Clarkston man arraigned for impersonating a peace officer

A routine stop September 21 in Washtenaw County to assist a driver who had gone off the roadway turned up more than expected for Michigan Department of Natural Resources Conservation Officer Brandon Hartleben, and for the motorist, 63-year-old Clarkston resident George Michael Galbraith, who since has been arraigned on charges including false representation as a peace officer.
Galbraith was arraigned September 24 in 14A District Court in Ann Arbor on a four-count felony warrant and a one-year misdemeanor charge including carrying a concealed weapon, firearm possession by felon, ammunition possession by felon, possession of dangerous weapon (billy club), and falsely representing oneself as a peace officer.
Hartleben was patrolling near Spencer and 8 Mile roads in Northfield Township around 6 a.m. when he encountered a vehicle off the roadway and about six feet down an embankment. Hartleben stopped and noted the right rear tire was flat and there was damage to that side of the vehicle.
The vehicle appeared to be occupied by a man who was holding a badge in a wallet out of his window and claimed to work for the Waterford Township Police Department.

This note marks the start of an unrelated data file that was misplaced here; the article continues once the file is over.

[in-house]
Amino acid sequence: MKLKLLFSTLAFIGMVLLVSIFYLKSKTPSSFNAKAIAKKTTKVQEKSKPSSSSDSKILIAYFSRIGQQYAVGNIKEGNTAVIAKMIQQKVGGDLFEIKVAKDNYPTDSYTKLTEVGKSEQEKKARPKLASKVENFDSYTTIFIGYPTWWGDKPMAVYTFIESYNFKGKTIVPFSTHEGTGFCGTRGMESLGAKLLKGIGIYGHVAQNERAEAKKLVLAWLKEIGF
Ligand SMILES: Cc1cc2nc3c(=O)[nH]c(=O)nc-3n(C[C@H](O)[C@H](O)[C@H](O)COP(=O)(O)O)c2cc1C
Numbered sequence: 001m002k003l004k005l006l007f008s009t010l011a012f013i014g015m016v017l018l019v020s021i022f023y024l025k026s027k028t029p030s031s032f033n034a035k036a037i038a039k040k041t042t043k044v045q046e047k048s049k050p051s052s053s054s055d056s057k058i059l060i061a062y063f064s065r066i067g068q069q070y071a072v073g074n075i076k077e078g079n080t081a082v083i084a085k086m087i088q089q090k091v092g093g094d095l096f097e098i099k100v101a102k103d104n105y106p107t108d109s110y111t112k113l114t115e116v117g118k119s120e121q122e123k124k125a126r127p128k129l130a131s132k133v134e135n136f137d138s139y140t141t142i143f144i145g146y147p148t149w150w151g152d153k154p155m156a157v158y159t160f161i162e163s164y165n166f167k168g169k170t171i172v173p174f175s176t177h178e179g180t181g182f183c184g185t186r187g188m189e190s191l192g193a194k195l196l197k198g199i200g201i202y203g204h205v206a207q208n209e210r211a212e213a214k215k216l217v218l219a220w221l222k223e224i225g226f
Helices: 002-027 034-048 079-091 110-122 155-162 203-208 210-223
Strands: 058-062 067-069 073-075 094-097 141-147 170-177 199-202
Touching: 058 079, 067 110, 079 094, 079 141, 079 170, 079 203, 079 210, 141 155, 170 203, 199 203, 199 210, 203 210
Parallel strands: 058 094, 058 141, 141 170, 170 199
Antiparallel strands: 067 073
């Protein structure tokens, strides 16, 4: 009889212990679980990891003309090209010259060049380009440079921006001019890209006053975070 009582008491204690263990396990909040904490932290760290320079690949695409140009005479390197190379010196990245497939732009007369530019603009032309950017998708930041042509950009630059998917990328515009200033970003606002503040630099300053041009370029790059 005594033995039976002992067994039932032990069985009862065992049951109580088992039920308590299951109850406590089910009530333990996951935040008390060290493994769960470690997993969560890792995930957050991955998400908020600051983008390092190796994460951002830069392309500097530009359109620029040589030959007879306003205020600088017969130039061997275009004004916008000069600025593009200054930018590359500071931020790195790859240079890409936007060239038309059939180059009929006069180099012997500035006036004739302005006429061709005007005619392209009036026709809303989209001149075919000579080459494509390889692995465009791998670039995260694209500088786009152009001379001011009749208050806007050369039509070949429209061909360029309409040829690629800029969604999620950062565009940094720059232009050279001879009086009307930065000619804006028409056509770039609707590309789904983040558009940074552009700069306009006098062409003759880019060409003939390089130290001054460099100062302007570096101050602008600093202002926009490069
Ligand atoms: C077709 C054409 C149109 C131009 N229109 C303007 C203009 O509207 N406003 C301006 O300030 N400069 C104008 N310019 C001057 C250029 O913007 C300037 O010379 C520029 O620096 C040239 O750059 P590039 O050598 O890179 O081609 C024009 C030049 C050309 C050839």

After convincing the man to give him the wallet – the badge appeared to be a fake and displayed “Crime Prevention Officer” stamped on it – Hartleben confirmed with Waterford Township that the man is neither employed by the township nor involved in any current hiring processes.
After the man exited the vehicle, Hartleben found a gun/Sam Browne-style belt stuffed next to the driver’s seat. The belt contained a single handcuff case and a gun holster containing a loaded Smith and Wesson M&P .40-caliber pistol. The man also wore a coat with a zip-on attachment that read “POLICE.” Hartleben also discovered in the rear of the vehicle a cased shotgun loaded in the tube as well as a cased Smith and Wesson .380 handgun.
“Luckily, this man was taken into custody without incident,” said F/Lt. Todd Szyska, of the DNR’s Law Enforcement Division. “Falsely representing yourself as a peace officer is an egregious breach of public trust, and we are glad this man is off the road.”
For each of the felonies, Galbraith faces up to five years in prison and a fine of not more than $2,500, plus court costs. The misdemeanor charge is punishable by up to one year in prison or a fine of not more than $1,000, or both.

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